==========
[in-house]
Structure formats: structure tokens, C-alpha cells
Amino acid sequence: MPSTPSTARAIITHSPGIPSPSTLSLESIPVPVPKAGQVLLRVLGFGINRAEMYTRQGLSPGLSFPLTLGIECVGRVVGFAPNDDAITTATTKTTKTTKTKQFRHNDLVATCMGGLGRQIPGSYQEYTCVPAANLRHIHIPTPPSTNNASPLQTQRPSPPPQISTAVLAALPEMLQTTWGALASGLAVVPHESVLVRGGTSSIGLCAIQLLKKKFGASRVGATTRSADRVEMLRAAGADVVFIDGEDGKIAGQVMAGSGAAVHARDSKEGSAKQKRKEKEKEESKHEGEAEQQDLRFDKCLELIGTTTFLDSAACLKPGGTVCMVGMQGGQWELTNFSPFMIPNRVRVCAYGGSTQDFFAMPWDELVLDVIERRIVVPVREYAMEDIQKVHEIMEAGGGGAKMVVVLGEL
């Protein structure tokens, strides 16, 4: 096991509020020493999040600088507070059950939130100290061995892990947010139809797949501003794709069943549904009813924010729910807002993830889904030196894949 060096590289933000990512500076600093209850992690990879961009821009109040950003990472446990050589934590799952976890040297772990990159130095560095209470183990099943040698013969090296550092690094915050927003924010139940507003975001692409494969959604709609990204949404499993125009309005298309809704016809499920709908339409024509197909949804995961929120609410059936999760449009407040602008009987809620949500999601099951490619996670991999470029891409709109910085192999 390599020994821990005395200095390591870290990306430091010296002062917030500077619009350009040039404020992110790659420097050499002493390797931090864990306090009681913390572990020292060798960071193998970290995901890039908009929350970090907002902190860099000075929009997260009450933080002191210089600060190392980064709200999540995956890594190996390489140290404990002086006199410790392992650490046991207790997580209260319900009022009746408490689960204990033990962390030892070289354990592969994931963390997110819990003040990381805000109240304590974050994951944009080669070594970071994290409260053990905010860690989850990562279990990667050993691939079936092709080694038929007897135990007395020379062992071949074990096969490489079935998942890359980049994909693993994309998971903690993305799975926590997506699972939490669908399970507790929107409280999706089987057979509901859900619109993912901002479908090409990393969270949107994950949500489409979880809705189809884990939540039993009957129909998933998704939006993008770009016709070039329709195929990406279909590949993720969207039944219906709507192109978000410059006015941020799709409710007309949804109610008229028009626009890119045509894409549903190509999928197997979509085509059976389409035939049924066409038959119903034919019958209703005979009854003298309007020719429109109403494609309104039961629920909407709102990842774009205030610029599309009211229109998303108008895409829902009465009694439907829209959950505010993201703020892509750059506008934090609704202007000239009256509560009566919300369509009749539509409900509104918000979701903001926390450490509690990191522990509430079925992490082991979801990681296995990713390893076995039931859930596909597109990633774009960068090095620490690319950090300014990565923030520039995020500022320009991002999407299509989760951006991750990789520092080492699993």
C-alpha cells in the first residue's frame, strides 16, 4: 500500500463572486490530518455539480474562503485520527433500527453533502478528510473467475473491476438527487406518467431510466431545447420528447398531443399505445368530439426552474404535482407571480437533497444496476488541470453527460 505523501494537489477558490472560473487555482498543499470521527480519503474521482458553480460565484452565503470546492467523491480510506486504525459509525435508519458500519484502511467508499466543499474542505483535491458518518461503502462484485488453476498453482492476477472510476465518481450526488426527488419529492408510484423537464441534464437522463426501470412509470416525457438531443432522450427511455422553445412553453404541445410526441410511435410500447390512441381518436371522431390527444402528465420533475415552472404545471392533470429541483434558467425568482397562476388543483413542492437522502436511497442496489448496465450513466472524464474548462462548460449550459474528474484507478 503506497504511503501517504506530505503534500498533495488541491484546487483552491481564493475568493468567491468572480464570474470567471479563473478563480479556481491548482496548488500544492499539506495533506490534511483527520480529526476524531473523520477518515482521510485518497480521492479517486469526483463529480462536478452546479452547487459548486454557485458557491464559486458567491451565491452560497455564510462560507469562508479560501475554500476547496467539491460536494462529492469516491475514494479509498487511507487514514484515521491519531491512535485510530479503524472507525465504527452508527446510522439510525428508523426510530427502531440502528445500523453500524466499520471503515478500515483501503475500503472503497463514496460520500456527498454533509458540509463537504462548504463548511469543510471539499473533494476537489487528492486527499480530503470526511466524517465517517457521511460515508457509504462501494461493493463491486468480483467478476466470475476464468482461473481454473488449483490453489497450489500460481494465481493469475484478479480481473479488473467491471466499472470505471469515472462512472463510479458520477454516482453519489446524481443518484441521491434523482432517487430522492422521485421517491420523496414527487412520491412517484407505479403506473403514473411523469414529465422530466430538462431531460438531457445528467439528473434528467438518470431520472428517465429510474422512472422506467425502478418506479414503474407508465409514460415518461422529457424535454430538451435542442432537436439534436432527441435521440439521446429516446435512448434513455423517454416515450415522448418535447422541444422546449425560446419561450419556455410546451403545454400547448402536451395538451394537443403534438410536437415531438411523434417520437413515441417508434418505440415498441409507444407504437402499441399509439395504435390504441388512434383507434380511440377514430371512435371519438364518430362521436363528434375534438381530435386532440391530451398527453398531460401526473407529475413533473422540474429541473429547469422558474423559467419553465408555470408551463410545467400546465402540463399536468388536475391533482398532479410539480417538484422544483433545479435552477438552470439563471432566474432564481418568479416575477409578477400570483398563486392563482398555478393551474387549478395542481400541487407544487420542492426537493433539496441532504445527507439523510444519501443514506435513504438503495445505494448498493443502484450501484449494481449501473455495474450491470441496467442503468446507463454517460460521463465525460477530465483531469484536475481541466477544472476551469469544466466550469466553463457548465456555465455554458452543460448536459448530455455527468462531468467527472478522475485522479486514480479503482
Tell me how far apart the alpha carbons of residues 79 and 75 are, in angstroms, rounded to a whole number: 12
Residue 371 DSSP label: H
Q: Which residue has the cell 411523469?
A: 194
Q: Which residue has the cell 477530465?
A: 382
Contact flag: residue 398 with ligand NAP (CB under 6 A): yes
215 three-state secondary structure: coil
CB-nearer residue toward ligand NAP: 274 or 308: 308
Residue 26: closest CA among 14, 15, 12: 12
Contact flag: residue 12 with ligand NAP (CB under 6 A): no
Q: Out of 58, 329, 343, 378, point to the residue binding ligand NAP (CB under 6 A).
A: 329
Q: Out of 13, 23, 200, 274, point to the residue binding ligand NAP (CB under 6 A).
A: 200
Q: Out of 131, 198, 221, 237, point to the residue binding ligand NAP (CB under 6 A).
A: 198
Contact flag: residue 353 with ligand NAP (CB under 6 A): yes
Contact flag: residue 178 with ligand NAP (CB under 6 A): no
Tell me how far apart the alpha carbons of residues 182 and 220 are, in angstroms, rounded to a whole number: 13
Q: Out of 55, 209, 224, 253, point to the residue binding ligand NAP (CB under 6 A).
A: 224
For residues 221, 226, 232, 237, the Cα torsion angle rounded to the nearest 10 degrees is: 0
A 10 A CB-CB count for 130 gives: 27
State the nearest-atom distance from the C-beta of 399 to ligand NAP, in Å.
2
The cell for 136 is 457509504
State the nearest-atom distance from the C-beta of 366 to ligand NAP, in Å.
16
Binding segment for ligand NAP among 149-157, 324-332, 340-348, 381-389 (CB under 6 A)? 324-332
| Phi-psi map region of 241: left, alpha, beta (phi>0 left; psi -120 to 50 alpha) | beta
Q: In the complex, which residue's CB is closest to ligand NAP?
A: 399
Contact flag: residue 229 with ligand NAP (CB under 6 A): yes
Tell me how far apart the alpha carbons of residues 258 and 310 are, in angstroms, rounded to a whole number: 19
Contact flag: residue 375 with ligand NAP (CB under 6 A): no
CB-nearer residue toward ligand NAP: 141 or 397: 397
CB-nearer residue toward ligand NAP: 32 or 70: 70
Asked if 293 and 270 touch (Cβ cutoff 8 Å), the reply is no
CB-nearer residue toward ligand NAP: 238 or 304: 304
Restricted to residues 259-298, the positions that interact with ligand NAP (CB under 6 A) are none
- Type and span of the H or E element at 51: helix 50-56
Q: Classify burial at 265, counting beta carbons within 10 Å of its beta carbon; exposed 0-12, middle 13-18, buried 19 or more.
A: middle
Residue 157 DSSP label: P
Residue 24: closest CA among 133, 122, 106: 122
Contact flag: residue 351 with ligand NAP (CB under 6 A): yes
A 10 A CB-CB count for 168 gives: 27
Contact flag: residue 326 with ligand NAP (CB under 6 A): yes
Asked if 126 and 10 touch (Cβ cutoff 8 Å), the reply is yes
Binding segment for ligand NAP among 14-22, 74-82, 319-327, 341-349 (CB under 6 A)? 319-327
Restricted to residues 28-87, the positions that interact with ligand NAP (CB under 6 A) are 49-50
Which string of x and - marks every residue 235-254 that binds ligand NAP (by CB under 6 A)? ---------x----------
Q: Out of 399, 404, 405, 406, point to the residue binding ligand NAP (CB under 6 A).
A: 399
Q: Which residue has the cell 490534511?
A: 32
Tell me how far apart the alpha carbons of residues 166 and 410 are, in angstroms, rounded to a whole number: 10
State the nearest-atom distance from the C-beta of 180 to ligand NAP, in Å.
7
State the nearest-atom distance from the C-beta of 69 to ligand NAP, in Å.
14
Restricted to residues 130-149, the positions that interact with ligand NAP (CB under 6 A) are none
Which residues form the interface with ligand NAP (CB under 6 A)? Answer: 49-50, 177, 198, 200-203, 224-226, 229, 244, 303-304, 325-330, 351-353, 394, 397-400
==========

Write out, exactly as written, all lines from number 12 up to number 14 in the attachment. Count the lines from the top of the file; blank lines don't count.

Contact flag: residue 398 with ligand NAP (CB under 6 A): yes
215 three-state secondary structure: coil
CB-nearer residue toward ligand NAP: 274 or 308: 308